Establishing a past medical history that includes conditions known to be associated with prolonged recovery should be obtained. Specific attention should be given to information about a personal and family history of attention-deficit/hyperactivity disorder; dyslexia; learning disability; amblyopia/strabismus; reading or visual tracking disorders; mood disorders such as anxiety or depression, migraine or chronic headaches; and prior history of concussion.

Cognitive testing also should be a part of the initial concussion assessment. The Child-Scat3 (patients aged 5 to 12 years) or the Scat3 (patients aged 13 or older) can be done quickly and easily in the primary care setting. Computerized cognitive testing such as ImPACT or Axon Sport should only be administered by a clinician who is able to interpret the results about management.

The last part of the clinical assessment is the physical examination, which should include a targeted neurologic exam focusing on the components typically affected by traumatic brain injury. Cranial nerve exam should include comprehensive assessment of extra-ocular movements with special attention to features such as nystagmus, tracking evaluating both pursuits and saccades, convergence and accommodative insufficiency, and the vestibulo-ocular reflex. Cerebellar function including tests for dysmetria, ataxia and balance (tandem gait both forward and backward and with both eyes open and closed) should be assessed. Many of these physical examination findings can be easily overlooked and the neurological exam may appear “grossly normal” if the PCP does not actively look for these deficits.

Diagnosis of concussion is made after a clear mechanism of injury has been established and a constellation of positive physical exam findings. It is important to recognize that concussion symptoms may initially appear mild and may worsen over the subsequent 24 to 48 hours after the injury, especially if cognitive and physical rests are not instituted. Referral for brain imaging is generally not indicated unless there is particular concern for a high-impact mechanism of injury, skull fracture or acute intracranial hemorrhage in the hours immediately after the injury.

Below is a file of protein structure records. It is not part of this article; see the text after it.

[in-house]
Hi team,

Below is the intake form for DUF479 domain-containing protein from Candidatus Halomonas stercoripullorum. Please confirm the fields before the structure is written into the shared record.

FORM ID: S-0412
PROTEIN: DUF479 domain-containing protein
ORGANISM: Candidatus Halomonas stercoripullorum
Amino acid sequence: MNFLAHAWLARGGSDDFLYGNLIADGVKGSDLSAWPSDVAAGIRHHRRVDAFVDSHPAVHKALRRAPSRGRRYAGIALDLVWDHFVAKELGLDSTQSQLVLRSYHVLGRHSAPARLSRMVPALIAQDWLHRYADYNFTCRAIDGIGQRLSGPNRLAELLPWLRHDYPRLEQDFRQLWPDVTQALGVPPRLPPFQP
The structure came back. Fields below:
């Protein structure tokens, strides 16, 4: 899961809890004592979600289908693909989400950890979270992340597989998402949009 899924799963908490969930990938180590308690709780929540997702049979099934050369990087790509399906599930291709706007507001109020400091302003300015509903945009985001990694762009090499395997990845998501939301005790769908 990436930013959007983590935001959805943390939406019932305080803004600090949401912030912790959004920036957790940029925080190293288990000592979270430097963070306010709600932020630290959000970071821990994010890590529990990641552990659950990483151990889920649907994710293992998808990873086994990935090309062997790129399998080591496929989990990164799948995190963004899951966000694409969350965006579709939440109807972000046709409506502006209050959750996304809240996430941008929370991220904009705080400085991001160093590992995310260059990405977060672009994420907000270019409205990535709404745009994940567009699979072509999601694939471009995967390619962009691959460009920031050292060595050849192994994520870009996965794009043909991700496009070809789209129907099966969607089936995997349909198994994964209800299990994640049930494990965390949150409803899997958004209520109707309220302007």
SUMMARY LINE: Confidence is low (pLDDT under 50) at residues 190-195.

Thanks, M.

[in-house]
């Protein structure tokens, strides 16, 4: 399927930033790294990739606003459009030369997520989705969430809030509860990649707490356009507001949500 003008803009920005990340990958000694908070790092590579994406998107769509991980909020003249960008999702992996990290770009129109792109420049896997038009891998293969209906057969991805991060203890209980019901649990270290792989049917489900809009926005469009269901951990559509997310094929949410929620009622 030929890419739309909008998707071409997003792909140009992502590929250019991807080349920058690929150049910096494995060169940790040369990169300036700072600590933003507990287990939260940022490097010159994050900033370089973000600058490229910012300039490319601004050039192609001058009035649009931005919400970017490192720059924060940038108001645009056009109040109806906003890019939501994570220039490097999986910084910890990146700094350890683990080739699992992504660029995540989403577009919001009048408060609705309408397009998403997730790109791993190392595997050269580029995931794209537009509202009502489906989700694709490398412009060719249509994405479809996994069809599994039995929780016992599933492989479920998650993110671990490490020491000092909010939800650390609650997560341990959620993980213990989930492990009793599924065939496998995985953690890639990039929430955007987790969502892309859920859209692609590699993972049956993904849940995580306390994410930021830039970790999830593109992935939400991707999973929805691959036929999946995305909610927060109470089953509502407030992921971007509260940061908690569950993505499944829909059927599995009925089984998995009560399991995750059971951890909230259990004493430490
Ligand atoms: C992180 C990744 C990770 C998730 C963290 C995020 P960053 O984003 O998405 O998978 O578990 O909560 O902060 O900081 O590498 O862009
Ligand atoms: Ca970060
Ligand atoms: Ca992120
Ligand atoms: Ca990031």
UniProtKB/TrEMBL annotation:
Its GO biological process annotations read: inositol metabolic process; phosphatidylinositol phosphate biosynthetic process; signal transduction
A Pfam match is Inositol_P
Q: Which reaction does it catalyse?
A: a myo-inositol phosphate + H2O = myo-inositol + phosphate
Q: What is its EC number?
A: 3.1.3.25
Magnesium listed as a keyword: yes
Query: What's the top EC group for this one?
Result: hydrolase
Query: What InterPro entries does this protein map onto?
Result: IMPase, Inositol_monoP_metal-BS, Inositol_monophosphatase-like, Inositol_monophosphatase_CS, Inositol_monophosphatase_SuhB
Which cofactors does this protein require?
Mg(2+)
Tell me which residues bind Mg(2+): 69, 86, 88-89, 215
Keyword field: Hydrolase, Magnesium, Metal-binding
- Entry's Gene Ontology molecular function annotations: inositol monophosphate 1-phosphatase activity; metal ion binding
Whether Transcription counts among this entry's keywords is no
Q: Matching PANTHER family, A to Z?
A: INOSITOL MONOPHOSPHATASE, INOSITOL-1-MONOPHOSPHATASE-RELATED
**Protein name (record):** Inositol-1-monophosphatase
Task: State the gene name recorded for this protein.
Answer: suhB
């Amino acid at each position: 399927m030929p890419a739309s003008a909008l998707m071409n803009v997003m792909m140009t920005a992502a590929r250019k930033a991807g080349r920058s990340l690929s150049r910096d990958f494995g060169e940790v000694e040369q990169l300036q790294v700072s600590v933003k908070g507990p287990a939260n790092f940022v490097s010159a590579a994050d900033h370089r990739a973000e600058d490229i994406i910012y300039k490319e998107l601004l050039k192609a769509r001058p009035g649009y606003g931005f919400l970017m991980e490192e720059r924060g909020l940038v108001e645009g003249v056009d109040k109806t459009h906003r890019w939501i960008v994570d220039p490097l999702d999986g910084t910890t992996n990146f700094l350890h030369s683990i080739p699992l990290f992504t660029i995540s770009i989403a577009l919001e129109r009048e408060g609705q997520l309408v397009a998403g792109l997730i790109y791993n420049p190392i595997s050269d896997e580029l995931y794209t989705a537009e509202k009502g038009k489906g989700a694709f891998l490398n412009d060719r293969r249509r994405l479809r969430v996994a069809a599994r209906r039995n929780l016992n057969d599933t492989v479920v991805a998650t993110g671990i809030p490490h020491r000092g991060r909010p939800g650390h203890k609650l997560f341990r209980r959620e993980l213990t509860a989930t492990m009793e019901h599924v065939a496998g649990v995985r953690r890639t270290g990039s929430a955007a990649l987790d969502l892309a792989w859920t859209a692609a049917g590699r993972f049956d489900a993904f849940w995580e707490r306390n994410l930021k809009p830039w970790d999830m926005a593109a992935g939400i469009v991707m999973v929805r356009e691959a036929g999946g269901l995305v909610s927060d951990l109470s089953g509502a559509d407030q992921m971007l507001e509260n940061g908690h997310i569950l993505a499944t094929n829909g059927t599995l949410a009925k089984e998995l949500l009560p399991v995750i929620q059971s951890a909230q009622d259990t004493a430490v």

Management

Once a diagnosis of concussion is made, the initial management in the acute phase is cognitive and physical rest, which should be implemented immediately. The length of rest should be individualized for each child and literature suggests that the first few days after a concussion are the most crucial time to rest, avoiding activities that provoke or make symptoms worse. Generally, activities that require ample eye tracking seem to provoke symptoms and should be avoided; those would include (but are not limited to) video games, texting, busy environments and most school work.